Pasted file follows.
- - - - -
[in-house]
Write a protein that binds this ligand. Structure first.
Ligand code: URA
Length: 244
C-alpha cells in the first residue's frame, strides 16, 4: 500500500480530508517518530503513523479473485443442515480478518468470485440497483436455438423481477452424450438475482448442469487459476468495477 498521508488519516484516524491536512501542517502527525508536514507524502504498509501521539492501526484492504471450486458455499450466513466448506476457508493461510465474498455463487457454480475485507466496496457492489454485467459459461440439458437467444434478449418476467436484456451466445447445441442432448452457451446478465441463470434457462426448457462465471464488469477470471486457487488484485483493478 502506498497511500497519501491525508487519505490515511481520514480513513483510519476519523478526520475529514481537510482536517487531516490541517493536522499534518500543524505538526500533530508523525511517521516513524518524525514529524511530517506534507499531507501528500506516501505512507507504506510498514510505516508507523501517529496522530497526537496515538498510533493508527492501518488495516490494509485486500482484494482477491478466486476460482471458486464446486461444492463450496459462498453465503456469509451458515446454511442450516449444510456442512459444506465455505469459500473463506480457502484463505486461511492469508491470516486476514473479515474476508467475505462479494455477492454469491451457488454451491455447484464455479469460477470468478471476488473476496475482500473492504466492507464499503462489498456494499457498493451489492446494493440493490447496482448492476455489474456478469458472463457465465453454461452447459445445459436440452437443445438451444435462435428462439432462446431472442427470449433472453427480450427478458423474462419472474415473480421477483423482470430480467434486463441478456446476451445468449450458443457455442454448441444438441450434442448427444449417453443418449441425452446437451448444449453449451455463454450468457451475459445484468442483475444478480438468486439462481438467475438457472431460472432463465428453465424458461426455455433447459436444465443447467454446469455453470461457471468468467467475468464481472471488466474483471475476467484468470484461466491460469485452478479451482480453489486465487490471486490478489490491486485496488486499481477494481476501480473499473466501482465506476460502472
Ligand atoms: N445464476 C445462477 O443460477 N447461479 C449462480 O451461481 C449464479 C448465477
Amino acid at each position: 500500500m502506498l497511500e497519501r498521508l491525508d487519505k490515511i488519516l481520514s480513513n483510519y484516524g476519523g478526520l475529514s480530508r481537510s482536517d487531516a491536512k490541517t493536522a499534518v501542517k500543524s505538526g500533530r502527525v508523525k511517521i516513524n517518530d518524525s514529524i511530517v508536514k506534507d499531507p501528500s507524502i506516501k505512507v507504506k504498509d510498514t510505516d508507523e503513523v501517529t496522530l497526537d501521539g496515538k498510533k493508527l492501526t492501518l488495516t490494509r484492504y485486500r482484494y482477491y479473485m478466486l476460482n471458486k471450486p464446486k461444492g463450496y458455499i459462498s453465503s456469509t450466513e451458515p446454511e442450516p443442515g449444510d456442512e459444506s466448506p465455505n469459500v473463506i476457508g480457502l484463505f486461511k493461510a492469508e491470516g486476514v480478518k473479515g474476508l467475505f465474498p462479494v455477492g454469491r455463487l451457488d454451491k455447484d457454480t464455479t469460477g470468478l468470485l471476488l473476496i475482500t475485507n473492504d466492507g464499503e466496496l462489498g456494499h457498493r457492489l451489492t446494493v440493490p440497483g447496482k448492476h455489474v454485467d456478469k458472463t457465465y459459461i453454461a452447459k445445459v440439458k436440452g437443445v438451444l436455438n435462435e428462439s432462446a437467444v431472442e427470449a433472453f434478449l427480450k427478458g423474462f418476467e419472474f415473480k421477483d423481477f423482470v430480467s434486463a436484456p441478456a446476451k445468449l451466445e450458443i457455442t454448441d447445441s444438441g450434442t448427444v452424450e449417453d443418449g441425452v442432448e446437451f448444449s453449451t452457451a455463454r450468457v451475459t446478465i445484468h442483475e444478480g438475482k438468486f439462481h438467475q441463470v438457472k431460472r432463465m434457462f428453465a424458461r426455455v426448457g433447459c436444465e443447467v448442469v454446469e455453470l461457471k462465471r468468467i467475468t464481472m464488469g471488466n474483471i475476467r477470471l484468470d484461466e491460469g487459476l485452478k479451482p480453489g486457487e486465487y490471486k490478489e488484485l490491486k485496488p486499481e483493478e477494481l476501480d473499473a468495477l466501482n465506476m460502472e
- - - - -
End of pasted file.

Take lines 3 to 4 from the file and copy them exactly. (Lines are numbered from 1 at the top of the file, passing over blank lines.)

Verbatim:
Ligand code: URA
Length: 244